Two revolutions, two outcomes

While both Egypt and Tunisia have seen Islamist regimes gain and lose power, the differences in their trajectories are stark.

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January 1, 2015 15:43
President Beji Caid Essebsi

President Beji Caid Essebsi, leader of Tunisia’s secular Nidaa Tounes party, speaks during an election rally at Avenue Habib Bourguiba in Tunis.. (photo credit: ANIS MILI / REUTERS)

 
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Two revolutions, two outcomes While both Egypt and Tunisia have seen Islamist regimes gain and lose power, the differences in their trajectories are starkmarked the fourth anniversary of the self-immolation by a despairing young Tunisian vendor in a dusty provincial town – an act that improbably and astoundingly sparked the wave of upheavals that cascaded back and forth across North Africa and the Arab Middle East, toppling regimes and destabilizing the entire region.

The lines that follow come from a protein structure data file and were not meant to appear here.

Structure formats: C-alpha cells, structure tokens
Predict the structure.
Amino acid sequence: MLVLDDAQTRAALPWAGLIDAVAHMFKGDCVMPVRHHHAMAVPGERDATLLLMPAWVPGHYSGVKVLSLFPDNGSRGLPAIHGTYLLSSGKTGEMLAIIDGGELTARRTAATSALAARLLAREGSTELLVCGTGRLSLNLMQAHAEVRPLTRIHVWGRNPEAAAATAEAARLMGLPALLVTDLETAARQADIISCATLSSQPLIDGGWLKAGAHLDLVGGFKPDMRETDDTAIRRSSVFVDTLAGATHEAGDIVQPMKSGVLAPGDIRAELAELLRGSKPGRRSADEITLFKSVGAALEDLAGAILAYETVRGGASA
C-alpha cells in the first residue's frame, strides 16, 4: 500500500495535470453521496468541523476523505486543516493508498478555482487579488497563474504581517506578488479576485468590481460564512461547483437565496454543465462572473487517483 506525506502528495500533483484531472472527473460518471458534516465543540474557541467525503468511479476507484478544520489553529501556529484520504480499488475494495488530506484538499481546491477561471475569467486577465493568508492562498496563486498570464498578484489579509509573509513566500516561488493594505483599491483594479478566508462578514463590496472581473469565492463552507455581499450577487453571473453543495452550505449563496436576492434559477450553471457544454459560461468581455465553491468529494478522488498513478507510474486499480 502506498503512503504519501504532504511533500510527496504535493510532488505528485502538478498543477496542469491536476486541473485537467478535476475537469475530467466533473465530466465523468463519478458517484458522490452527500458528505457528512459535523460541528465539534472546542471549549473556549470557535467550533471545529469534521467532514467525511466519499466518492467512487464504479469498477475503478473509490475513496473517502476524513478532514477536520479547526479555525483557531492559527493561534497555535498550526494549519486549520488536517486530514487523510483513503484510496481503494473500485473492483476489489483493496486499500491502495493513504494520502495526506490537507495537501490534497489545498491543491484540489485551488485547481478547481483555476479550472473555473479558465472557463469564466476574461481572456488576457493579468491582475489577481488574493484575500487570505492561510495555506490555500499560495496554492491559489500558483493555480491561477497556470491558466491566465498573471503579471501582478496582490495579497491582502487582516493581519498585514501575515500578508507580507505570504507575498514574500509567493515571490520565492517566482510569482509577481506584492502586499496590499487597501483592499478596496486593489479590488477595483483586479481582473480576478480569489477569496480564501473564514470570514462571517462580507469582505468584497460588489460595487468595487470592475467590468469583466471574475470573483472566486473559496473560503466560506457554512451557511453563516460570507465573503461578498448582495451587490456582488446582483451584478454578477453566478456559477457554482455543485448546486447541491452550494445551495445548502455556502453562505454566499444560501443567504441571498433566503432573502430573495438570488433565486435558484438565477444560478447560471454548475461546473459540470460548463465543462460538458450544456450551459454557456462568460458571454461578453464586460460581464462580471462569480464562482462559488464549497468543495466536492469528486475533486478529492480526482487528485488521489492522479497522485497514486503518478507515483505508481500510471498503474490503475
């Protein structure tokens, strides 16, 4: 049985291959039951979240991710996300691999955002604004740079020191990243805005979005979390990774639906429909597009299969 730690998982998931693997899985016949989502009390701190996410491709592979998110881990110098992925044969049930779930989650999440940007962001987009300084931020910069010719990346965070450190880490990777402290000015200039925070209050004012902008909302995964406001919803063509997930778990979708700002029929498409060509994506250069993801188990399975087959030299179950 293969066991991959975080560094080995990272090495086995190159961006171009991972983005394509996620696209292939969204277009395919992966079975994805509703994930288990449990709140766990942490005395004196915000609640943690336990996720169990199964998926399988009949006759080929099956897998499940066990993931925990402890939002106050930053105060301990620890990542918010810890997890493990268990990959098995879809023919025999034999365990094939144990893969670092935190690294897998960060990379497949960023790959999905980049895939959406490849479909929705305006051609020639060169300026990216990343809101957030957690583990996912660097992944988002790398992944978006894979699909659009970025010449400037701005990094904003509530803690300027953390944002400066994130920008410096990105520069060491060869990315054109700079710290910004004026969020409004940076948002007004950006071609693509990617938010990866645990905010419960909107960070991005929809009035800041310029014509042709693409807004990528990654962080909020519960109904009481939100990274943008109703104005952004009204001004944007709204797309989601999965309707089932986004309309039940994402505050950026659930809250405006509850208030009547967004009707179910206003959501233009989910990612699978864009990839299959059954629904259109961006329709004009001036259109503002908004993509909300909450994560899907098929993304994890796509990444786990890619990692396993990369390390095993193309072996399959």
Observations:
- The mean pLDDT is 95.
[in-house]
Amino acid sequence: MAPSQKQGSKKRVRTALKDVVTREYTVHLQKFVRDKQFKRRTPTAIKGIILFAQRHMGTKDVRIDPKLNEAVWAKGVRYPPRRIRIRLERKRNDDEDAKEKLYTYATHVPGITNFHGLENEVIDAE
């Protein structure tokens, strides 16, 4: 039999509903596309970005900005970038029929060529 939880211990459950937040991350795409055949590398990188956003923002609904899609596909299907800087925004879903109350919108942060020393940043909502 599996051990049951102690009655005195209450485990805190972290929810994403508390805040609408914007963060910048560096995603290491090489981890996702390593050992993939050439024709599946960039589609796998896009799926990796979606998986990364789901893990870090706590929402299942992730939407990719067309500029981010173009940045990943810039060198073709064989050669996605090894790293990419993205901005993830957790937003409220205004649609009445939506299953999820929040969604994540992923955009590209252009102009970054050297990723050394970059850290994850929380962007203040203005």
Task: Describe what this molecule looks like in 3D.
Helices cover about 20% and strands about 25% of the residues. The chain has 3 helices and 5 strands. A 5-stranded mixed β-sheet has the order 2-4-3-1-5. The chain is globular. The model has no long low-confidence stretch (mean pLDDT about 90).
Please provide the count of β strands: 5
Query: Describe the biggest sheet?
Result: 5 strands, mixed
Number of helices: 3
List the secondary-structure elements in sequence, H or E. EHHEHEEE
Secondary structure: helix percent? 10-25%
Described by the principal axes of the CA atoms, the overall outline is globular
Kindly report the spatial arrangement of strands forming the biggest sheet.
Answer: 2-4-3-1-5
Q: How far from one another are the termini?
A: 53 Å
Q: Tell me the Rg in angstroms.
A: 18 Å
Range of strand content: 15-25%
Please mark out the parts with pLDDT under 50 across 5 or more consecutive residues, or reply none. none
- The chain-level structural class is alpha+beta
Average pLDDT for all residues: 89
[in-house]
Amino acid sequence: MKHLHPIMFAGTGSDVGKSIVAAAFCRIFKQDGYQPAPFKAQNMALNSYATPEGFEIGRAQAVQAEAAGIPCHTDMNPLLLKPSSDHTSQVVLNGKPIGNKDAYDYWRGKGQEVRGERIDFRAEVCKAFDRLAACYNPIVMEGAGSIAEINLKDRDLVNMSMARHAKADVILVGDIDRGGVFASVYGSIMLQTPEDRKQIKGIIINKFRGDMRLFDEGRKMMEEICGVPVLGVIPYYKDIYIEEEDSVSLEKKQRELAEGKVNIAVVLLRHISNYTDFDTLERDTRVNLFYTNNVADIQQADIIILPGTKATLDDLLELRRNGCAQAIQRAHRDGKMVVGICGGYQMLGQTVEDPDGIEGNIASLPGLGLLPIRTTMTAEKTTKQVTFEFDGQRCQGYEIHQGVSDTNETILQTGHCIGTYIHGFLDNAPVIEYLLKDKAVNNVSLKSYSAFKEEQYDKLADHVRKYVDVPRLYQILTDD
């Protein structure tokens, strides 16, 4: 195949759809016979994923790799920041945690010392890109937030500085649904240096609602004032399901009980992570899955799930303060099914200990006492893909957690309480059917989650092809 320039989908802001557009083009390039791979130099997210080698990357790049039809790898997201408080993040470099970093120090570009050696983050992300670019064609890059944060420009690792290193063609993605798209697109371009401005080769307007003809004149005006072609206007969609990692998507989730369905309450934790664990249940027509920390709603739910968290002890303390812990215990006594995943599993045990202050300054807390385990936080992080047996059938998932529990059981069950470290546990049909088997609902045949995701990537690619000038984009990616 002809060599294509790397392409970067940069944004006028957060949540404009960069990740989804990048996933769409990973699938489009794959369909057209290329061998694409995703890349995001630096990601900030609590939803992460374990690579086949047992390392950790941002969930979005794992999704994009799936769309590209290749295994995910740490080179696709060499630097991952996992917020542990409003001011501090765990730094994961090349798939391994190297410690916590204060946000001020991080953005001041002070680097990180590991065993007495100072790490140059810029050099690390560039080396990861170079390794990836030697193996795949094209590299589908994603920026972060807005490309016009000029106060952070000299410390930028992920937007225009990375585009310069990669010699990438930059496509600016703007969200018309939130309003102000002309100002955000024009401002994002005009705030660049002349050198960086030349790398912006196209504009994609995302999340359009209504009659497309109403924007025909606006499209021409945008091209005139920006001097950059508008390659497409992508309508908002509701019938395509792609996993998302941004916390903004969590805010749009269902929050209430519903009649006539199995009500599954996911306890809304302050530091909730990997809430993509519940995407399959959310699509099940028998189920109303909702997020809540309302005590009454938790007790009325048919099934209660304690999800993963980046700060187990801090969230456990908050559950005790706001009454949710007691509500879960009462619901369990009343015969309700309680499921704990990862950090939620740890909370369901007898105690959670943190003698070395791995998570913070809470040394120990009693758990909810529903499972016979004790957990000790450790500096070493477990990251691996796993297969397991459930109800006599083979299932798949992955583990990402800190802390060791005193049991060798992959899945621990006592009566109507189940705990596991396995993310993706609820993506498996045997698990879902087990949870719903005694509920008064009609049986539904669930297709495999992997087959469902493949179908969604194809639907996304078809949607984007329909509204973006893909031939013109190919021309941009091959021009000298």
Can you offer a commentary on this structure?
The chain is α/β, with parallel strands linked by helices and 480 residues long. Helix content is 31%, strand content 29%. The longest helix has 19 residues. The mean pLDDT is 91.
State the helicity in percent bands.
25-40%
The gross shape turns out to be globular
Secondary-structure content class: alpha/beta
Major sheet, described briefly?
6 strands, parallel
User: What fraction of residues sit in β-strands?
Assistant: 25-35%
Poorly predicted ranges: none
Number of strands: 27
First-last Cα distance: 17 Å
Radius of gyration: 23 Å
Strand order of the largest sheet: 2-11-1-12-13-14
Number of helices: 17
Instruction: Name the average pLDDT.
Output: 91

Concurrent with the anniversary, developments in Tunisia and Egypt – the election in late December to the Tunisian presidency of 88-year old Beji Caid Essebsi, a former minister in Tunisia’s pre-revolutionary governments, and the acquittal in November of deposed Egyptian president Hosni Mubarak and close associates on charges of responsibility for the deaths of 847 Egyptians during the 2011 “Tahrir Square Revolution” – invited comparisons on what had, and had not, been achieved by the swift overthrow of Mubarak and (one month earlier) Tunisia’s Zine El Abidine Ben Ali.

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